This was the neatest thing she had ever seen. And she had seen a LOT of neat things.

The candy rose got popped in to her mouth, and she tilted her head with a strangely thoughtful amount of chewing for someone so young.

“It tastes like magic even!” That was a fun realization. But Julian decided she wasn’t going to go licking things to see what else tasted magical. That was just silliness.

“You must be really really good. My daddy says people who do special things can help lots of people but they get lonely ’cause it’s hard. Is that why you’re all by yourself?”

The light went out of his eyes as if she’d flipped a switch.

“No,” he said. He pursed his lips. “I’m alone because the people I love were taken from me.”

He sat back, pulling the book into his lap, and drummed his fingers on its surface. It looked like he was thinking very hard. Eventually, he must have made a decision about it, because his hand stilled and he looked at Julian with an intensity that was almost frightening.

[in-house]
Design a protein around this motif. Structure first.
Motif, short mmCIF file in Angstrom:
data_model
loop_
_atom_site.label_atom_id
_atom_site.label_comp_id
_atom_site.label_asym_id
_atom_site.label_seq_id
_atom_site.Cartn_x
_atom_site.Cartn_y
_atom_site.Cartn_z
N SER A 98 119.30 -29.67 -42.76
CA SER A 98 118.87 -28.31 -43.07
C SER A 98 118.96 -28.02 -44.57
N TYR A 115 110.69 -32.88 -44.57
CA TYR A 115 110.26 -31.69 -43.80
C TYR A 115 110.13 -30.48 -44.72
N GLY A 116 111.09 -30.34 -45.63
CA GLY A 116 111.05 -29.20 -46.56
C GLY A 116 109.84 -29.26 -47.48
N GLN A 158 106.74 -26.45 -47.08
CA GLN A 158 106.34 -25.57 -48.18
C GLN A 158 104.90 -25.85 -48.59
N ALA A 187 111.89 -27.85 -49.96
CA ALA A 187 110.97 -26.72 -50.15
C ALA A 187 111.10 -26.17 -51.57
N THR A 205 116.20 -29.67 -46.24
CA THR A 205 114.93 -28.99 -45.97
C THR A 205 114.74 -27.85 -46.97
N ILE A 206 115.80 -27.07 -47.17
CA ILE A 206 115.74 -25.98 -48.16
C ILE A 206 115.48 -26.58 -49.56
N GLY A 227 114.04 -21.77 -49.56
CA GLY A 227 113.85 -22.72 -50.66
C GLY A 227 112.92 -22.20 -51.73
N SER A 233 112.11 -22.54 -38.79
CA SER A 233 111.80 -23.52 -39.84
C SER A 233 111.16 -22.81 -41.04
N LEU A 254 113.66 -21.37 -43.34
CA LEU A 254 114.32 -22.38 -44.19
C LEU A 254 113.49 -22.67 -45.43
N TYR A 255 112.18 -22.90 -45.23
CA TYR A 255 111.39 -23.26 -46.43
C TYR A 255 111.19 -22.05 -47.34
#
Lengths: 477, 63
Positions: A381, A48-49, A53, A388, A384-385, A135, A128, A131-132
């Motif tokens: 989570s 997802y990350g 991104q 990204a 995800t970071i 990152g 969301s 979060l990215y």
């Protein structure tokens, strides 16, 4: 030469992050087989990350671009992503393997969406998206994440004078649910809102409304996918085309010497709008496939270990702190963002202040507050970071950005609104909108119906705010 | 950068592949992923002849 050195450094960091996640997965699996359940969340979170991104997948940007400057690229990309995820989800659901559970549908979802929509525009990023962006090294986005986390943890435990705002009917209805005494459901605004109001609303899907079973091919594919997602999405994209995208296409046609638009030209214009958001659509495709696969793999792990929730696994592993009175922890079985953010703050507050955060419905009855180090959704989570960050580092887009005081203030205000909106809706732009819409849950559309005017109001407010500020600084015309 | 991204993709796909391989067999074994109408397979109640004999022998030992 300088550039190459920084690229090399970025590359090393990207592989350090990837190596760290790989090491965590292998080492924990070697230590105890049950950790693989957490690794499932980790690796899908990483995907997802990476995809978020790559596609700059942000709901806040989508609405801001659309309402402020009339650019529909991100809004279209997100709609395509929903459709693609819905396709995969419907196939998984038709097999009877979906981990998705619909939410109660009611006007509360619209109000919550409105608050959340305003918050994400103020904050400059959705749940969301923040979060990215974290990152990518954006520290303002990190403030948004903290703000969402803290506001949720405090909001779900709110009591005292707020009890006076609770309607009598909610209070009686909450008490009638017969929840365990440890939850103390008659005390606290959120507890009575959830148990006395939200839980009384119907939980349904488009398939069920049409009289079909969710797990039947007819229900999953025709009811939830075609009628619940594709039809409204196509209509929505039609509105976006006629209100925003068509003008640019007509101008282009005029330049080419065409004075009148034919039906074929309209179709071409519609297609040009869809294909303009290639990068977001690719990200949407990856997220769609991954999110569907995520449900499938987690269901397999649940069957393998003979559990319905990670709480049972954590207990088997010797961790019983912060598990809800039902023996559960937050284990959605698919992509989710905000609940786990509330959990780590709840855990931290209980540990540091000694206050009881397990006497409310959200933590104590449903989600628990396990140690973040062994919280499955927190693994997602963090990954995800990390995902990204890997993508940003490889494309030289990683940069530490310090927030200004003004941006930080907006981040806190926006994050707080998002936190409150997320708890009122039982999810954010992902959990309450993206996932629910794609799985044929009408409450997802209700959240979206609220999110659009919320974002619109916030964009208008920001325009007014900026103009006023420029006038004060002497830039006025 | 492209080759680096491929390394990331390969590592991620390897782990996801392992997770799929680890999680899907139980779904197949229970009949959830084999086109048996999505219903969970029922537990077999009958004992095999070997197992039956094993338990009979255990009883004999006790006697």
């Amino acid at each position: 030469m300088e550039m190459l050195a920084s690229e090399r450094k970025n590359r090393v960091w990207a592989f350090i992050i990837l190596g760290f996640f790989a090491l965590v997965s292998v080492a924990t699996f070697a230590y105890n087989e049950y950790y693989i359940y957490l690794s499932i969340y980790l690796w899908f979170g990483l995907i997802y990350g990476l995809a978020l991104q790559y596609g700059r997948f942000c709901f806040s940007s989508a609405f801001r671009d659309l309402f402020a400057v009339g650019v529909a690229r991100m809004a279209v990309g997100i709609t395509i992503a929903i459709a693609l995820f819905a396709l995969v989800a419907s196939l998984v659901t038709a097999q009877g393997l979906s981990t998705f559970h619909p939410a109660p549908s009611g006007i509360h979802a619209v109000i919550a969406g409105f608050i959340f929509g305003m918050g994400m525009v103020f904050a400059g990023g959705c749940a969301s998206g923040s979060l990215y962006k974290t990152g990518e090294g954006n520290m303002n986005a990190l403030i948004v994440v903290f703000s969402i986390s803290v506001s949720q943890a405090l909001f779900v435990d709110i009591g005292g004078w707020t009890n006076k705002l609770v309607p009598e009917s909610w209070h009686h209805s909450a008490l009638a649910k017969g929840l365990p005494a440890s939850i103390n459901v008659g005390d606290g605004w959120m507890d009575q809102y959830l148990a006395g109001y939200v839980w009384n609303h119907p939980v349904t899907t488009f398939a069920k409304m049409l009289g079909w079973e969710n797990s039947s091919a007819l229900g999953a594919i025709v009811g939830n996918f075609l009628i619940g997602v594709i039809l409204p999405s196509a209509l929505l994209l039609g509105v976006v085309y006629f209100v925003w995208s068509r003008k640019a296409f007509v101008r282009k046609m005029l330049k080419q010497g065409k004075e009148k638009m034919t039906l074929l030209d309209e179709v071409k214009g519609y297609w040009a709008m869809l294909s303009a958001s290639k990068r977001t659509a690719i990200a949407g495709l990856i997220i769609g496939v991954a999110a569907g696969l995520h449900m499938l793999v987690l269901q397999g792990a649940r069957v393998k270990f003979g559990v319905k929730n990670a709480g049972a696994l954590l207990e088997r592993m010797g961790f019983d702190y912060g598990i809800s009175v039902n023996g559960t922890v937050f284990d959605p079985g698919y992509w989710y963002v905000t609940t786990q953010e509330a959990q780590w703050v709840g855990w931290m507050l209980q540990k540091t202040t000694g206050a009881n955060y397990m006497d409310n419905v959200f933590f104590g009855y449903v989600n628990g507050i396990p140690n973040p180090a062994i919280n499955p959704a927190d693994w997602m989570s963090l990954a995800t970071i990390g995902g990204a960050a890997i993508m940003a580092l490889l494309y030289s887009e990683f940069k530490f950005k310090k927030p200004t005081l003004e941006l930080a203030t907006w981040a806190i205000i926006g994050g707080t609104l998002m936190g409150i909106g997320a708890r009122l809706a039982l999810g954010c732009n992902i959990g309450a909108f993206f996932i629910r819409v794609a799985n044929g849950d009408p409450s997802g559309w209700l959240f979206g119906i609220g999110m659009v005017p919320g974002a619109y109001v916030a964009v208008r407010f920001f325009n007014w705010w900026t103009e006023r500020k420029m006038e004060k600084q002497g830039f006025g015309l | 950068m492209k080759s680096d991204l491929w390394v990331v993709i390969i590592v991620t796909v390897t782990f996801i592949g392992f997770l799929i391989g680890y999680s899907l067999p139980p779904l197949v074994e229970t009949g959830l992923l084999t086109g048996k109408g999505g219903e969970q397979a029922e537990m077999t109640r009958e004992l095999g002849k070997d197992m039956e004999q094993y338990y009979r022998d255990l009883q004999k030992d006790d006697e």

“You probably like stories,” he began, quietly. “I did when I was your age. This is a story my father told me, that he got from this book.

“Once upon a time, there was a spoiled prince.” He rubbed his thumb along the book’s spine. “The prince had all the riches and books and candy he could ever want, everything in the world but for one thing: power. And he so desperately wanted power, was so jealous of those who had it, that he set out to steal it for himself. But what the prince didn’t realize or didn’t care was that his scheme would ruin everything. For you see, the power that he stole came from a special ceremony. And that special ceremony was something that everyone needed to keep the land protected from evil. So when he stole it, no one could finish the ceremony… and so everyone was punished for the prince’s wrongdoing.”

By the end of his story, the boy’s voice had gone flatter, sharper. Now he was angry.

“That,” he finished, “is why I’m alone. Like so many others are, or will be. Maybe even you.”